NARCOLEPSY: Symptoms, Treatment Options and Side Effects Explained

NARCOLEPSY: Symptoms, Treatment Options and Side Effects Explained

What is narcolepsy?

  • Rare disease – 1 out of 2,000 people, or 0.05% prevalence core feature is excessive daytime sleepiness – at least 3 days per week for at least 3 months.
  • Narcolepsy without cataplexy (type 2)
  • About 30% of narcolepsy
  • Primarily profound sleepiness
  • Sometimes hypnagogic hallucinations (vivid dream-like images while falling asleep)
  • Sleep paralysis (a temporary inability to move or speak just before falling asleep or just after waking up)
  • Narcolepsy with cataplexy (type 1) about 70% of narcolepsy have cataplexy (sudden loss of muscle tone, triggered by strong emotions,usually positive ones, such as laughing or joking), does not faint, is conscious,last a minute or two
  • Patients have low levels of orexin in the spinal fluid
What are treatments for narcolepsy?
  • Sleep hygiene
  • Eliminate medications or substances that worsen sleep
  • Eliminate blue light before bed
  • Cool, dark room
  • Consider partner snoring or kicking at night
  • Medications provigil, nuvigil (wake-promoting agents)
  • Dexedrine, ritalin, adderall (stimulants)
  • Xyrem (sodium oxybate)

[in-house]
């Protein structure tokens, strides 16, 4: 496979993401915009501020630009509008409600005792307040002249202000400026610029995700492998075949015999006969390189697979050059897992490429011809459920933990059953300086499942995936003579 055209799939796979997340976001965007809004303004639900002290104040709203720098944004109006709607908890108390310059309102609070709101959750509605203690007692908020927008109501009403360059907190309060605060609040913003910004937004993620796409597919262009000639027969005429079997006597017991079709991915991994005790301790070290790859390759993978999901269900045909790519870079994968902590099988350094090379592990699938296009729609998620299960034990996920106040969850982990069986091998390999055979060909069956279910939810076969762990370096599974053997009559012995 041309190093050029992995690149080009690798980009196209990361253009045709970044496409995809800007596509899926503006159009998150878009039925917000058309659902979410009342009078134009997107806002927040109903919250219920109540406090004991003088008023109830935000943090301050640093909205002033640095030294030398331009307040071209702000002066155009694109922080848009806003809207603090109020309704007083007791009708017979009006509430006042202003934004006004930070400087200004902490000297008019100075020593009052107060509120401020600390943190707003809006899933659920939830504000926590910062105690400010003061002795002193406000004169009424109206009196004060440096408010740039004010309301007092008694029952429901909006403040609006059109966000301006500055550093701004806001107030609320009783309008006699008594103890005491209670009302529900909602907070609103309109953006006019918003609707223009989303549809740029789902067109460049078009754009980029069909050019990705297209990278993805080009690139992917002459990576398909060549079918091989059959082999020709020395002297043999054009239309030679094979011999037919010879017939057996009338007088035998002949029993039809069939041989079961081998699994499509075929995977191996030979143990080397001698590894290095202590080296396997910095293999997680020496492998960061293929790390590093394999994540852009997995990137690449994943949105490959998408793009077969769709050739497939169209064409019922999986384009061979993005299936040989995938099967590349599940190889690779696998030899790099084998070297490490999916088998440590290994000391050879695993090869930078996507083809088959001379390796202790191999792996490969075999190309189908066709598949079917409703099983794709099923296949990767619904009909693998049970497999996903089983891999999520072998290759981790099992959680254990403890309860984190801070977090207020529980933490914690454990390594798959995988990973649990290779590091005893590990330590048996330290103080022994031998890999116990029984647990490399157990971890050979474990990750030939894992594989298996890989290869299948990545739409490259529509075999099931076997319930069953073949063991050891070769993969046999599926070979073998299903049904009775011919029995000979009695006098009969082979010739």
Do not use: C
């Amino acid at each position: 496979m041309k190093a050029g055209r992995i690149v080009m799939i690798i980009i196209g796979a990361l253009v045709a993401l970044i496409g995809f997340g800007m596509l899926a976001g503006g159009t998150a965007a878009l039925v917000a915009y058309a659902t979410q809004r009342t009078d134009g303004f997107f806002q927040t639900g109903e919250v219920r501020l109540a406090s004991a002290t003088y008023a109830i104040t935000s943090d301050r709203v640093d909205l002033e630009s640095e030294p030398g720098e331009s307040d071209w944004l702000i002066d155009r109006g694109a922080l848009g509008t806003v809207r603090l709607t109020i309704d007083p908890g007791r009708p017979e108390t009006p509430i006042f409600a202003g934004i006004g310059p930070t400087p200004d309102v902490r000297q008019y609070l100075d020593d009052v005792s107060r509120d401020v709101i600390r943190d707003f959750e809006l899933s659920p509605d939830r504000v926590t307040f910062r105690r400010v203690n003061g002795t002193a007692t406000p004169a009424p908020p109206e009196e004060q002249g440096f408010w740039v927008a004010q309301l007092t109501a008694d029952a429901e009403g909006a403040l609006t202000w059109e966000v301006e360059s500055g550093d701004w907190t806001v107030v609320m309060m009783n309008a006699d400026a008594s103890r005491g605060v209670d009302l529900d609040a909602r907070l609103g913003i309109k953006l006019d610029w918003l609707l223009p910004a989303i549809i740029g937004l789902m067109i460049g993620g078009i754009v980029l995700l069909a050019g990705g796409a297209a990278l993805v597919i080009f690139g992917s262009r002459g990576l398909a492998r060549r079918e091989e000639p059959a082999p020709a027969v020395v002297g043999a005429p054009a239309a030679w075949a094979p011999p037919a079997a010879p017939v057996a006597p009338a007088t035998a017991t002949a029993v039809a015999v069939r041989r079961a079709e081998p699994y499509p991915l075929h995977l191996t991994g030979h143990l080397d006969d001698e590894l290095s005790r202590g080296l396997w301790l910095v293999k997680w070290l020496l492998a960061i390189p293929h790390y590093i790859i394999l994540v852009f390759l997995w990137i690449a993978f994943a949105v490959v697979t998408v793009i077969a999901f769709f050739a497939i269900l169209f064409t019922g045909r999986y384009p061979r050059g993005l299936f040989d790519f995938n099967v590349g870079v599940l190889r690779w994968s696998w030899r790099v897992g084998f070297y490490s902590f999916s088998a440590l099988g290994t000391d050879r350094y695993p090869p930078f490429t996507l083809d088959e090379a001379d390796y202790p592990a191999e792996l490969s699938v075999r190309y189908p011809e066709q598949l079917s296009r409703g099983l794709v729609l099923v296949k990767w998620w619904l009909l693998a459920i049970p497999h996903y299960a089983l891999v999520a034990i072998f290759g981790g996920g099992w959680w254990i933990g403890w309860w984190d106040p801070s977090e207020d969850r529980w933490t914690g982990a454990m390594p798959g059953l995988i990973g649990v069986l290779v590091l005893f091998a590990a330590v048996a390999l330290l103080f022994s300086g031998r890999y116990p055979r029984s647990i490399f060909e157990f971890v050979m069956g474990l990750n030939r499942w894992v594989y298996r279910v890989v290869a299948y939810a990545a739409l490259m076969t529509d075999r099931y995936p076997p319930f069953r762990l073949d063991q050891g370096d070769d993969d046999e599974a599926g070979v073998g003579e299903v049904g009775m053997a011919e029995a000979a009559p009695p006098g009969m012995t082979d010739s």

• New medication, first to be approved for both narcolepsy and cataplexy
  • Repairs and consolidates sleep, more time in deep sleep
  • Likely that patients will take this in addition to a wake-promoting agent or stimulant
  • Significant side effects – abuse potential, respiratory depression, coma, death
  • More complicated to take – has a oral solution that is diluted by patient in water
What if it isnt narcolepsy? – other sleep problems
  • Medications for depression and anxiety can cause insomnia
  • May have sleep apnea
  • May have restless legs syndrome or periodic limb movement disorder (these can also be caused by psychiatric medications like antidepressants)When should I see a sleep specialist?
  • Suspected sleep apnea – needs to have sleep study in the lab restless legs / period limb movement disorder – most doctors not trained to treat this
What are some different medications to treat insomnia?
  • Benzodiazepines (like xanax, valium, etc) – decrease time in deep sleep and REM sleep, can worsen sleep apnea
  • Sonata – short-acting drug can be used in the middle of the night, good for sleep-onset
  • Ambien – significant problems with parasomnias (abnormal behaviors while sleeping)
  • Lunesta – thought to help depression with insomnia
  • Restoril – sometimes used for anxiety with insomnia
  • Silenor / doxepin – improves the last 2-3 hours of sleep
  • Remeron – sometimes used for depression or anxiety + insomnia
  • Belsomra – new medication for turning off wakefulness
If you think you may have narcolepsy or are having trouble sleeping, please feel free to reach out to our offices and we will be happy to make you an appointment at 919-636-5240. 
Live Mentally Healthy,
Dr. Jennie Byrne

On February 27rd, our current electronic health system will transition to a new and advanced system to better serve you: Athena. Prior to the transition date, you will be sent a registration link to create a new patient account in Athena. If you have any immediate questions or concerns, please do not hesitate to contact your therapist, or call our office to speak to a staff member. 

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